Screen

Five lessons from annual movie-theater trade convention CinemaCon

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Testing out MX4D’s motion theater chairs.
Photo: Steve Marcus

1. Movie studios are not tired of cinematic universes. Despite the struggles of other companies to replicate the success of the mega-popular Marvel Cinematic Universe, studios have doubled down on interconnected sets of movies. At the Warner Bros. presentation, the studio touted no fewer than four universes, including the DC Extended Universe, The Conjuring horror universe, Harry Potter’s Wizarding World and “the Ocean’s 11 universe,” which apparently now exists thanks to the forthcoming Ocean’s 8.

2. Robots will serve you frozen yogurt. The most enticing press release I got before the convention was headlined “Frozen Dessert Robots Invade CinemaCon,” and indeed, the booth for Generation Next Vending Robots featured a machine that automatically dispenses cups of frozen yogurt. Customers order via touch screen, and a mechanical arm grabs a cup, fills it with yogurt, covers the yogurt in toppings and places it in a tray. The whole process takes about a minute, which is fascinating at first but could get really tedious over large orders. The robot invasion is a bit underwhelming.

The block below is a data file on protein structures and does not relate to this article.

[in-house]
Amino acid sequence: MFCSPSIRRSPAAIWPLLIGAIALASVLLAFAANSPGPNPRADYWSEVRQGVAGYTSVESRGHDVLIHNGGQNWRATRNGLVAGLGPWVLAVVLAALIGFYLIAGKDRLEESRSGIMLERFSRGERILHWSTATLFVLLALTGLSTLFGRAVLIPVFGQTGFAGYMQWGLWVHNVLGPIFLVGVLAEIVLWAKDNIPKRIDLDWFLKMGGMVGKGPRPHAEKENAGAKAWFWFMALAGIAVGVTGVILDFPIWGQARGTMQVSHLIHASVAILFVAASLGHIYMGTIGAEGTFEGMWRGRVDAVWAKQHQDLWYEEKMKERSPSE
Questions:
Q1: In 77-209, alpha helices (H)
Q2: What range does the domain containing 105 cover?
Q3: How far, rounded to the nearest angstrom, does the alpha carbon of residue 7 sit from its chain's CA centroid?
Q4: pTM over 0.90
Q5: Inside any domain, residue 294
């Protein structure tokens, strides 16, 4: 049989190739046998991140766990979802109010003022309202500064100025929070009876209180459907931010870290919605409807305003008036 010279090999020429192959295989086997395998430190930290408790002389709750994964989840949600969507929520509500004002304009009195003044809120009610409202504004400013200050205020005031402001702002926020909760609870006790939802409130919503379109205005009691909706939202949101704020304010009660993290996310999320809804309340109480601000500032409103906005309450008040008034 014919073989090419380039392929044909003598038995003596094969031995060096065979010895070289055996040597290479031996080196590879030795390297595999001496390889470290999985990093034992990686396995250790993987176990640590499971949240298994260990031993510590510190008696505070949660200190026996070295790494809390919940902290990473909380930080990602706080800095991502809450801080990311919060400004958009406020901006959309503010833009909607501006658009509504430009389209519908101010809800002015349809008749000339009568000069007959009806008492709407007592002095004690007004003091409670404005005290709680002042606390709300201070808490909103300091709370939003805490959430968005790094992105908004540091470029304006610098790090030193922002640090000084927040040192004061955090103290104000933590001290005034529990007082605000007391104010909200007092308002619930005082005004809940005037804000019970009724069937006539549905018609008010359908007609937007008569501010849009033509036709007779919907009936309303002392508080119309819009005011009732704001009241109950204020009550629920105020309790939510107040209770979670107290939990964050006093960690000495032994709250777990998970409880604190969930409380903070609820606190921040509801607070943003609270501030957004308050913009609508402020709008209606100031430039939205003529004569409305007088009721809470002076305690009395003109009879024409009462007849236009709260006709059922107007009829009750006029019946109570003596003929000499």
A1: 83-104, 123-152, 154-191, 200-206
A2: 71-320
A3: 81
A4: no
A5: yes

3. Movie screens are becoming more like TVs. Every year, technology companies hype the latest innovations in movie projectors, but this year, Samsung brought its controversial new Onyx, an ultra-high-resolution LED screen requiring no projector at all. In other words, it’s a giant TV, albeit one with far more sophisticated picture quality than anything in the consumer market. As impressively crisp as the picture looked in the demonstration, with “infinite contrast” producing deep blacks and rich colors, it was still a little disheartening to think that going to the movies might become indistinguishable from watching TV.

4. Virtual reality is the next big thing … if someone figures out what to do with it. I checked out a pod that combines VR with 4D technology (motion seats, wind), joined a fellow reporter in shooting at robots in a VR game and experienced a VR tie-in for The Emoji Movie, all of which are available for theaters to install in their lobbies. None of it felt essential or even related to the cinematic experience, though, and using VR as a tossed-off money grab just devalues whatever artistic potential it may have.

5. Your movie ticket could soon have your face on it. At the Coca-Cola booth, Korean company i-Aurora showed off a new ticketing kiosk that doubles as a photo booth, taking a picture of the ticket buyer and adding it to a promotional background (either for a current movie or, in this case, for Coke). The kiosk then prints out a photo card that’s also a ticket for the movie showing and for any concessions ordered, all in one. In a time when many people buy virtual tickets online, it’s a way to turn the movie ticket back into a souvenir.

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Josh Bell

Josh Bell is the film editor for Las Vegas Weekly, where he's been writing movie and TV reviews since 2002. ...

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